How You Do Anything is How You Do Everything

How you do one thing is how you do everything.  


When one area of your health suffers, all the other parts suffer too.  Equally, when you develop one part of your life, all the other parts benefit too.

Let me explain how this relates to us as leaders.

This summer while on vacation in the beautiful mountains of Wyoming my courageous husband fell from a bicycle while riding down a steep mountain at a fast rate of speed.  He wasn't knocked unconscious, but he suffered from three broken ribs and blood-filled lungs.  This accident was just a few weeks ago.  His body is visibly bruised and low impact movements are the current norm, but he is doing much better now.  His healing is day-by-day and will take up to 8 weeks to fully recover.



I have always been some what of a person who does things all the way.  I don't cut corners on the work.  But to be honest, I have a junk drawer or two or even a closet full of "stuff" that I could really work on.  If things look great on the surface, I am totally fine walking by that junk drawer and closet and never skip a beat.

As I watch him heal from his broken and bruised body, I think about the quote- "How you do one thing is how you do everything."  When one part of your body is suffering, all the other parts suffer too.  He struggles to just to get dressed, to work a full day at work, to sleep a full night's sleep, etc...  A broken bone or three can make a big difference in how you function.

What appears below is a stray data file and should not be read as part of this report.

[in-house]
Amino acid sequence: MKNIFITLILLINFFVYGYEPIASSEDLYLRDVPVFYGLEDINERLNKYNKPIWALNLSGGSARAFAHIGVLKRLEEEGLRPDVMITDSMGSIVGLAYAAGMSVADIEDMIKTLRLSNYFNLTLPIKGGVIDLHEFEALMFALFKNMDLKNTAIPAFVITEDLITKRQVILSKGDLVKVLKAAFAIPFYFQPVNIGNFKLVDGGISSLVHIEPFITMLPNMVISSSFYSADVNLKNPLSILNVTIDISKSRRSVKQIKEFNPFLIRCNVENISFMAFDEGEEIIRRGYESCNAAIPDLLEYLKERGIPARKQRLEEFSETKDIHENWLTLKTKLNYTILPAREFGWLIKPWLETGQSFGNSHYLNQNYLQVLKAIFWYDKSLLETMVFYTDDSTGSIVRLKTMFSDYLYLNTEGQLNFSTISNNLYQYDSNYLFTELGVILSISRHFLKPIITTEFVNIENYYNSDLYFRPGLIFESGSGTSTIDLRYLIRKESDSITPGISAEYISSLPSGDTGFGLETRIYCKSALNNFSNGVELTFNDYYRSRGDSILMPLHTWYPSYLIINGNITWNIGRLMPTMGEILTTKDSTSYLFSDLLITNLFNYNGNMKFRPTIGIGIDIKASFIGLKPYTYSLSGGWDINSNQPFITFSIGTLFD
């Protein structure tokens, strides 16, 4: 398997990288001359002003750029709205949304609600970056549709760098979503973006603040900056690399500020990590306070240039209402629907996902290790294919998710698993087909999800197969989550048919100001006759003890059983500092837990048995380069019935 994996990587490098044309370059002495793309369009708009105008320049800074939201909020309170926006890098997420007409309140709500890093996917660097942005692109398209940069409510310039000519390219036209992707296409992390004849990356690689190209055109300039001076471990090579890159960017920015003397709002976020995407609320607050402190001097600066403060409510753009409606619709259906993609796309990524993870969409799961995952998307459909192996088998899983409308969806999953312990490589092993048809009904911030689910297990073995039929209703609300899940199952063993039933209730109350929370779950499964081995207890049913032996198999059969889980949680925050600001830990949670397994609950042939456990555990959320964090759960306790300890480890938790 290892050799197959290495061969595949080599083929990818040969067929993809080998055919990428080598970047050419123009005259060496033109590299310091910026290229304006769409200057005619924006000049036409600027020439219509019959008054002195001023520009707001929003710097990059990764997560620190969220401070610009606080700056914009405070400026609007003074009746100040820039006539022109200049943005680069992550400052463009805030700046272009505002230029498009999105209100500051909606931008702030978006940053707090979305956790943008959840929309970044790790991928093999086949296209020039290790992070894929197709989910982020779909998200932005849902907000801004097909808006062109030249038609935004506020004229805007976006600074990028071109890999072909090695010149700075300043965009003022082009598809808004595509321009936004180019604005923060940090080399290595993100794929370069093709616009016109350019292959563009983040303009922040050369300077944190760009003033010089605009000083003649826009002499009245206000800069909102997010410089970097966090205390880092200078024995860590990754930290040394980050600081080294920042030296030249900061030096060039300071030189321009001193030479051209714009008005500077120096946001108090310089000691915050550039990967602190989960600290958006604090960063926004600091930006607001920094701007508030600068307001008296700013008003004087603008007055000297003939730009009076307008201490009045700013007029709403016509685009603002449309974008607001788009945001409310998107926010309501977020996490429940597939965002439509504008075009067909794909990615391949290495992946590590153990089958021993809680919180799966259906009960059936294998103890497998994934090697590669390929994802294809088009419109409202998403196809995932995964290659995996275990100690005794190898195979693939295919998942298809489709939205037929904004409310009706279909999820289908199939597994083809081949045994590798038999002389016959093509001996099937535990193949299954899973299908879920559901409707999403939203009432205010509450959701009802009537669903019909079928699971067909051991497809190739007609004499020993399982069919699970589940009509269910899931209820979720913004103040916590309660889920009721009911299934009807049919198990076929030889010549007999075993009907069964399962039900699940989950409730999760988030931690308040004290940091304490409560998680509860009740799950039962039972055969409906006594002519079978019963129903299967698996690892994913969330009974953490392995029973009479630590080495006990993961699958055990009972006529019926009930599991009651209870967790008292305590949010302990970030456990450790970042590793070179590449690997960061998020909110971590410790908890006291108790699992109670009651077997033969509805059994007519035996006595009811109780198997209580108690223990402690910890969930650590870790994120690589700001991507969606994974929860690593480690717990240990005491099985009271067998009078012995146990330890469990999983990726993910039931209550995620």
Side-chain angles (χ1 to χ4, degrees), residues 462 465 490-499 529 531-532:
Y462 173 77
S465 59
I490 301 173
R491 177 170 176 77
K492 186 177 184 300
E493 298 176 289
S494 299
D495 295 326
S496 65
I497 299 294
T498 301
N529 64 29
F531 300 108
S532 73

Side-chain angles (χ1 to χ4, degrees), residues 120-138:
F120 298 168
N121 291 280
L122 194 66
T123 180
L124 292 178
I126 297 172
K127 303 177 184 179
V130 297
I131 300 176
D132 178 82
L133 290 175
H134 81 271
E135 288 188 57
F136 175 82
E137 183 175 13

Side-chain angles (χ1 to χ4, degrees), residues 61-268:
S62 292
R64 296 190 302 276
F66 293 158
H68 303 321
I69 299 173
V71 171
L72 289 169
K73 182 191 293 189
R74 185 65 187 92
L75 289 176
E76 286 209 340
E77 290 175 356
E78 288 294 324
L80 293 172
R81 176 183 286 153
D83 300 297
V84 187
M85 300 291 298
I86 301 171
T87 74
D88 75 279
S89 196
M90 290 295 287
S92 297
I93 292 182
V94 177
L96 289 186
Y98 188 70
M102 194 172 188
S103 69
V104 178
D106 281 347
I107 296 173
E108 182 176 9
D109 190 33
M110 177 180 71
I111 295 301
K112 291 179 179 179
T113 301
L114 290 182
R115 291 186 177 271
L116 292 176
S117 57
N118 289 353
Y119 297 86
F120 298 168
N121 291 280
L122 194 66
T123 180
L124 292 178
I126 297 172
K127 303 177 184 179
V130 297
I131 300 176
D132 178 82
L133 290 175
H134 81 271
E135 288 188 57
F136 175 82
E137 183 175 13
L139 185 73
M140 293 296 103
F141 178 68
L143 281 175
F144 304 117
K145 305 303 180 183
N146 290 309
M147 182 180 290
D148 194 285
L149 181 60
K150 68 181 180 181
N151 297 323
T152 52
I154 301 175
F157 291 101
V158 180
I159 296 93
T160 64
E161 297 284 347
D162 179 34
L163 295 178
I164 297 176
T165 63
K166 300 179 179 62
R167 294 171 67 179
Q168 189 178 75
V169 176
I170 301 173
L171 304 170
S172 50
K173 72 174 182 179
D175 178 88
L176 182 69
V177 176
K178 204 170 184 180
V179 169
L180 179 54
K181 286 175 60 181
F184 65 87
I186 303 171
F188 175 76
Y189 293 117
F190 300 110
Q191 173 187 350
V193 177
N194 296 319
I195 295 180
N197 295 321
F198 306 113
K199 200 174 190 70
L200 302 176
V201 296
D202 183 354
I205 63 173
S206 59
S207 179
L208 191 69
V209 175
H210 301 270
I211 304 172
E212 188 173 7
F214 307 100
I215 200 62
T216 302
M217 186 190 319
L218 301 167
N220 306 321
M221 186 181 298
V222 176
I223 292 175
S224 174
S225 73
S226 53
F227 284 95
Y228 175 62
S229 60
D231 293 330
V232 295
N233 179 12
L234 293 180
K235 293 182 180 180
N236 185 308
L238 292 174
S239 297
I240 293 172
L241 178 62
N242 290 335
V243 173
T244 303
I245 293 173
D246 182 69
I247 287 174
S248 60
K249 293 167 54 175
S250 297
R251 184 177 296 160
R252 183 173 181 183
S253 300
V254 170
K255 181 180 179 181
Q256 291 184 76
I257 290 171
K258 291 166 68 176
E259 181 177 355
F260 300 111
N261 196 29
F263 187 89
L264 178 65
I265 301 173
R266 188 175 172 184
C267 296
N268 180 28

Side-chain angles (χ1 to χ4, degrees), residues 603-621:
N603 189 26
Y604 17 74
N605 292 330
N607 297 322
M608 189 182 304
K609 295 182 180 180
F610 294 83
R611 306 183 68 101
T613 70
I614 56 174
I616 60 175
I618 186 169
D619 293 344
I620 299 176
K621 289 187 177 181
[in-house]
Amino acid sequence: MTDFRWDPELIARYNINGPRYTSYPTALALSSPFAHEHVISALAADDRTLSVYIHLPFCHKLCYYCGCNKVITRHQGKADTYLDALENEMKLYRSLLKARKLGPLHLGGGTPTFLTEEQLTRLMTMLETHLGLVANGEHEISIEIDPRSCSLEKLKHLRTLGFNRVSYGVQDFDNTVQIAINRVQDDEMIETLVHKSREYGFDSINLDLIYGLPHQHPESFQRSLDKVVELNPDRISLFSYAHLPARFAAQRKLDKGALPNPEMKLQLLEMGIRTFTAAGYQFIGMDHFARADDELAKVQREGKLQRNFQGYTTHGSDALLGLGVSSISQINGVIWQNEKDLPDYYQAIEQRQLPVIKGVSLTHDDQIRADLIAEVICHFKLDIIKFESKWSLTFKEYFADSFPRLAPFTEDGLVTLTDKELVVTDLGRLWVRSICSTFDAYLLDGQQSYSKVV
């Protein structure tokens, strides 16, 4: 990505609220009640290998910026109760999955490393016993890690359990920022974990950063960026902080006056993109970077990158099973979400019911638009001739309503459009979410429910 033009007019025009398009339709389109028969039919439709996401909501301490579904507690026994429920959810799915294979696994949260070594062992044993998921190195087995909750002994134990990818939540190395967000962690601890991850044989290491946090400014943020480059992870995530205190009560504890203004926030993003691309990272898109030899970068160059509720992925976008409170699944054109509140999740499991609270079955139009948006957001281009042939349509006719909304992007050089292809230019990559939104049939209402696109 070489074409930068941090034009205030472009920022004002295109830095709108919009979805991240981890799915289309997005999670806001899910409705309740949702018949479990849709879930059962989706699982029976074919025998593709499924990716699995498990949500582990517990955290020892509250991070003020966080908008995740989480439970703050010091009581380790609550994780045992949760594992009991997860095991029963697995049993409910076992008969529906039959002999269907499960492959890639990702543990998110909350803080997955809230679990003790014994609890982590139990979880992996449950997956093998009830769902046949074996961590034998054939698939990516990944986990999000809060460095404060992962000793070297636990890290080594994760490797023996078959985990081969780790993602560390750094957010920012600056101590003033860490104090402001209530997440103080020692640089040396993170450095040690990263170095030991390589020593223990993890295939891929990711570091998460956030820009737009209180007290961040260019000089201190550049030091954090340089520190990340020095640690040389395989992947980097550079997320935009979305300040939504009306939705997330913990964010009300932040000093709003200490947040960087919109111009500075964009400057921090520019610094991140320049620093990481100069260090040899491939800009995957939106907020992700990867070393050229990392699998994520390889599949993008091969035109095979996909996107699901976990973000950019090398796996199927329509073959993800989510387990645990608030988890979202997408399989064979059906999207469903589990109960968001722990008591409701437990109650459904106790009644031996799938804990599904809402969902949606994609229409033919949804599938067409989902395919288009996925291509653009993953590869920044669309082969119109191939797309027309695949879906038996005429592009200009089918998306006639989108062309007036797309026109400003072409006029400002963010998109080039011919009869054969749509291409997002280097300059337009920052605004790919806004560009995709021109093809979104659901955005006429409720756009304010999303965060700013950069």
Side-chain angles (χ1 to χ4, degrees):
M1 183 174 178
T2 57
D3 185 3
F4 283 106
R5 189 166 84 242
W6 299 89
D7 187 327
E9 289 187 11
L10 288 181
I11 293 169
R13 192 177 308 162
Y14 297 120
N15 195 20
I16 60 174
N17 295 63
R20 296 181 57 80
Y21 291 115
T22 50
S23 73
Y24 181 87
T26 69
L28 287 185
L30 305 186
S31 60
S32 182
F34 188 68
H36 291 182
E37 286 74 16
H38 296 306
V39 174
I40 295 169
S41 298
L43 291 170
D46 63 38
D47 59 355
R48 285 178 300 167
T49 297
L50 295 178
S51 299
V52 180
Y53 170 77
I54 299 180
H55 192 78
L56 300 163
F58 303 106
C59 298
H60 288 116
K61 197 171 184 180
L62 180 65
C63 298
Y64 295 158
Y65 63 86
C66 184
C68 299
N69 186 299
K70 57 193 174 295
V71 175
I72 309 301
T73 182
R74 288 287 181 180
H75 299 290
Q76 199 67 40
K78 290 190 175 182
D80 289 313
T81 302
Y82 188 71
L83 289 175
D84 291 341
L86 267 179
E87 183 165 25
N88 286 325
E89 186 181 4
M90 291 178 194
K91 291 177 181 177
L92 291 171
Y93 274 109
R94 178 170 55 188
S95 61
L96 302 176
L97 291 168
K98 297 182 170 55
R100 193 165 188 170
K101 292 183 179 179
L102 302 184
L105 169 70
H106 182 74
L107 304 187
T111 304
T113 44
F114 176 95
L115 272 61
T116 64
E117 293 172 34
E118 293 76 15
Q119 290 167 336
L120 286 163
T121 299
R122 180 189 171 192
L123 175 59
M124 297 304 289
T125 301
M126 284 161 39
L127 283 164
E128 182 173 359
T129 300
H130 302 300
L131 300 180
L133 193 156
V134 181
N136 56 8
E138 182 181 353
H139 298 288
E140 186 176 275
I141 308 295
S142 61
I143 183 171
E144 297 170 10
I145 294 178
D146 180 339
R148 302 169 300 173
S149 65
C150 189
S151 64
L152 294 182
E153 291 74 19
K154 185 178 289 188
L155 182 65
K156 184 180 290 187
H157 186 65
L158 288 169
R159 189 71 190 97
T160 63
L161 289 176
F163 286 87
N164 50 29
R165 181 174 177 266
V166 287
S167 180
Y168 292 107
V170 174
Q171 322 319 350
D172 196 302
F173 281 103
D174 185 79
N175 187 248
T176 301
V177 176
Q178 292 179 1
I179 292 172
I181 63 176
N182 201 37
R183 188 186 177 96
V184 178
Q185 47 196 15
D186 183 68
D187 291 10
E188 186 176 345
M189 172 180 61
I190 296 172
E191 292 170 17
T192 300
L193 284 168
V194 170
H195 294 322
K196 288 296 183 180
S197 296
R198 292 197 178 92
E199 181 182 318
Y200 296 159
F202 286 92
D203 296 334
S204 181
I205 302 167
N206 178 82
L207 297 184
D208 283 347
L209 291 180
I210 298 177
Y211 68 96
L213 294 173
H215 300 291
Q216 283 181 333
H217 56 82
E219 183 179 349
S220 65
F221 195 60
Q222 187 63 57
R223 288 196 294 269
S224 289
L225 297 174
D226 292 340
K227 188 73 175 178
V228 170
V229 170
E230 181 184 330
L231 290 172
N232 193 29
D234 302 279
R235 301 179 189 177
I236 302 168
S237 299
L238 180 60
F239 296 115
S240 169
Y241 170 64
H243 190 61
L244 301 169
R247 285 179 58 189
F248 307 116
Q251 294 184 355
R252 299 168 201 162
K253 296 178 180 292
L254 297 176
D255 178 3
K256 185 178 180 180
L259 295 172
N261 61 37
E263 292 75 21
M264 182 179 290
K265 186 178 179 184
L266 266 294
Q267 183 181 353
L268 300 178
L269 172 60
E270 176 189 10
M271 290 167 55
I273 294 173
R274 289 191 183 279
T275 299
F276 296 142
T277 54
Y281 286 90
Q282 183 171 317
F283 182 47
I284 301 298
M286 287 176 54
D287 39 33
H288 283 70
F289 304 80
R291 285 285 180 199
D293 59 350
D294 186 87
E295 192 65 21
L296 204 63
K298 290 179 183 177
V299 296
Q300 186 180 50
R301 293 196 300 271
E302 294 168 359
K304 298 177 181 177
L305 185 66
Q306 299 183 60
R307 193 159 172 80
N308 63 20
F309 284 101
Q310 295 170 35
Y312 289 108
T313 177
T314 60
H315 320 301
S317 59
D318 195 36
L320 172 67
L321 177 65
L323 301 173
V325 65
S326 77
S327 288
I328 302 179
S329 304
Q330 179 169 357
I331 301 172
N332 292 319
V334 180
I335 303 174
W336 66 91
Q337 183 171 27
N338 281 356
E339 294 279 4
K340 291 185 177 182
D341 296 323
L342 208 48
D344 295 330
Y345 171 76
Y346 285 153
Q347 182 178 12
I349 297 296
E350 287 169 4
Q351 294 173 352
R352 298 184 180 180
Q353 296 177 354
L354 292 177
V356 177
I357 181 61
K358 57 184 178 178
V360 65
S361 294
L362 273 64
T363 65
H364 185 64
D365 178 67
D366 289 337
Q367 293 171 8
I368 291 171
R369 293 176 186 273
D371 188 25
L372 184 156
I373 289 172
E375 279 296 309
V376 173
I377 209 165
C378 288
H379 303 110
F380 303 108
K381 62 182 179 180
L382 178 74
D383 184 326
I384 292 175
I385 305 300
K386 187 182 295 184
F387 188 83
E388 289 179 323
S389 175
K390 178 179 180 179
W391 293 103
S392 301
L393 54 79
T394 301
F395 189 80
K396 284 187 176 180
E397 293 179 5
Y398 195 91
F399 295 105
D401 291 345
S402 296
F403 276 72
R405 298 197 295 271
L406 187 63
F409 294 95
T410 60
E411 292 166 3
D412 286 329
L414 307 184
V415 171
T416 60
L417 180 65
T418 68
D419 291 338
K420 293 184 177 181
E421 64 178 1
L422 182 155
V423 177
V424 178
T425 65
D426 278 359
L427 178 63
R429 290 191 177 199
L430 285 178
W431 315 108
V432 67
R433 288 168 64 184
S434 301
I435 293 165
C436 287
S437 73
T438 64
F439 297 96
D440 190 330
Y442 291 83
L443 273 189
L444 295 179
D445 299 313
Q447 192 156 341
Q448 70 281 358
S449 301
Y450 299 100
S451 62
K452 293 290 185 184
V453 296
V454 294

You might be thinking what does this have to do with me as a leader?

Well here is the answer.  The way we handle one thing showcases how we will handle the next hing.  When you are dedicated to the complete project, you will create habits that lead you to do the same in the future.

Creating that junk drawer at home and a closet filled with unnecessary items only clutters my house and takes up space.  The habit I have created will sprinkle into my work life unless I take conscious attempts to change my habits and behaviors.  These patterns of just throwing something in the drawer or shoving it into a closet of course will bleed over into my professional life and my leadership abilities if I am not careful.

As you begin this journey as a school leader either for the first time or as a seasoned school leader, I invite you to take a closer look at your own habits, particularly those that are not serving you.  Perhaps just one simple concept, like organizing your desk, or creating a filing system, or cleaning out your inbox every day before you go home, could be just the answer to a better year.

A simple shift in one habit can inevitability impact another.

How you do one thing is how you do everything.


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